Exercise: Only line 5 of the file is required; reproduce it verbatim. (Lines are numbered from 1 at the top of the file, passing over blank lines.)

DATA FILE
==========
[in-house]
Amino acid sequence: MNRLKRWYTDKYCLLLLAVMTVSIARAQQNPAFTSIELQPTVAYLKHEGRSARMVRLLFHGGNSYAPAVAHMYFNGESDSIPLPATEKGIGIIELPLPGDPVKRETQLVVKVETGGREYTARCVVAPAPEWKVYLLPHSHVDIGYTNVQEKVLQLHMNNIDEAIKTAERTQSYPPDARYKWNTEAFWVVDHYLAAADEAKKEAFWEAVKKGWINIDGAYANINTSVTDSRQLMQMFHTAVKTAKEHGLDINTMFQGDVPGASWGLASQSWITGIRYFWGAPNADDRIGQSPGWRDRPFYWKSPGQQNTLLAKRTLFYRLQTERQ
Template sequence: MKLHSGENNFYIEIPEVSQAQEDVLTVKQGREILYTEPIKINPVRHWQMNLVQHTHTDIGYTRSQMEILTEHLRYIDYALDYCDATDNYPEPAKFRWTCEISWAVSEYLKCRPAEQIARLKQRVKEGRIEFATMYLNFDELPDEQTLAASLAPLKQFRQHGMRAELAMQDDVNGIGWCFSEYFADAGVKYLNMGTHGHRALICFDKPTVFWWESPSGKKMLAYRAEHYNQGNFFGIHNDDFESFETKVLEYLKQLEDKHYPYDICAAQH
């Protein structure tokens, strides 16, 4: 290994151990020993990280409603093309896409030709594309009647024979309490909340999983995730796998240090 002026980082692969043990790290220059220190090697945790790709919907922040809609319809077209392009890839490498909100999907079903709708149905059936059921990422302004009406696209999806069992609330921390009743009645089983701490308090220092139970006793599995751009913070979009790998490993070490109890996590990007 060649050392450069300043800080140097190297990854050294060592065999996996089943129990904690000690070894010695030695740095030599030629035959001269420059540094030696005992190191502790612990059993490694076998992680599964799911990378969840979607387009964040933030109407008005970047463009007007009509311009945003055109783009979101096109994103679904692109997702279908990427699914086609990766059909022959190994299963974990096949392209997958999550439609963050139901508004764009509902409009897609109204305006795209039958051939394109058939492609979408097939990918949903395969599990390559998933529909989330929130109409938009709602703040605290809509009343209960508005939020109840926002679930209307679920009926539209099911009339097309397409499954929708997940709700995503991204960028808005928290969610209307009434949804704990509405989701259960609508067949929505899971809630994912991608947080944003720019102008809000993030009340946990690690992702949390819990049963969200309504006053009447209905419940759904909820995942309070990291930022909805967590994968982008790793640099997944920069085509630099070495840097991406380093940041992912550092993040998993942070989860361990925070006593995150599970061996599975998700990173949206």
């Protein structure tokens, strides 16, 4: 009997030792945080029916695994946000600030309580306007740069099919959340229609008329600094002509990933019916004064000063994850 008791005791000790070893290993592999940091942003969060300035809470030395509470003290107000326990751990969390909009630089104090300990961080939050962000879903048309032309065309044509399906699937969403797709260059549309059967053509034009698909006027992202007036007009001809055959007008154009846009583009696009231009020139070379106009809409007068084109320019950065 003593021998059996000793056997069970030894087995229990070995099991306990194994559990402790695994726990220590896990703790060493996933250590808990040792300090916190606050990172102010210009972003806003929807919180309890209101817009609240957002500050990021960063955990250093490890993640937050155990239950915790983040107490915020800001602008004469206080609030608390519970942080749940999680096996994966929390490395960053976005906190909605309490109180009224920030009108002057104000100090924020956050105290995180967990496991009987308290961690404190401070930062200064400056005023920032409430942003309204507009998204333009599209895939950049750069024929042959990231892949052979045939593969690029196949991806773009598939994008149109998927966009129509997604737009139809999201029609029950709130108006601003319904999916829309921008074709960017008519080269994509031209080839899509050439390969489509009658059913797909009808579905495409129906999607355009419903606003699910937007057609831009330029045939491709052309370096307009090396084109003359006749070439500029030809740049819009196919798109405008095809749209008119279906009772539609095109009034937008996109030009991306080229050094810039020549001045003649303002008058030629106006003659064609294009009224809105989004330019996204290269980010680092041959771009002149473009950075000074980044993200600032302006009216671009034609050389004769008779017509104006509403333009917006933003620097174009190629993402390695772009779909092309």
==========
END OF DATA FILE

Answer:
């Protein structure tokens, strides 16, 4: 009997030792945080029916695994946000600030309580306007740069099919959340229609008329600094002509990933019916004064000063994850 008791005791000790070893290993592999940091942003969060300035809470030395509470003290107000326990751990969390909009630089104090300990961080939050962000879903048309032309065309044509399906699937969403797709260059549309059967053509034009698909006027992202007036007009001809055959007008154009846009583009696009231009020139070379106009809409007068084109320019950065 003593021998059996000793056997069970030894087995229990070995099991306990194994559990402790695994726990220590896990703790060493996933250590808990040792300090916190606050990172102010210009972003806003929807919180309890209101817009609240957002500050990021960063955990250093490890993640937050155990239950915790983040107490915020800001602008004469206080609030608390519970942080749940999680096996994966929390490395960053976005906190909605309490109180009224920030009108002057104000100090924020956050105290995180967990496991009987308290961690404190401070930062200064400056005023920032409430942003309204507009998204333009599209895939950049750069024929042959990231892949052979045939593969690029196949991806773009598939994008149109998927966009129509997604737009139809999201029609029950709130108006601003319904999916829309921008074709960017008519080269994509031209080839899509050439390969489509009658059913797909009808579905495409129906999607355009419903606003699910937007057609831009330029045939491709052309370096307009090396084109003359006749070439500029030809740049819009196919798109405008095809749209008119279906009772539609095109009034937008996109030009991306080229050094810039020549001045003649303002008058030629106006003659064609294009009224809105989004330019996204290269980010680092041959771009002149473009950075000074980044993200600032302006009216671009034609050389004769008779017509104006509403333009917006933003620097174009190629993402390695772009779909092309």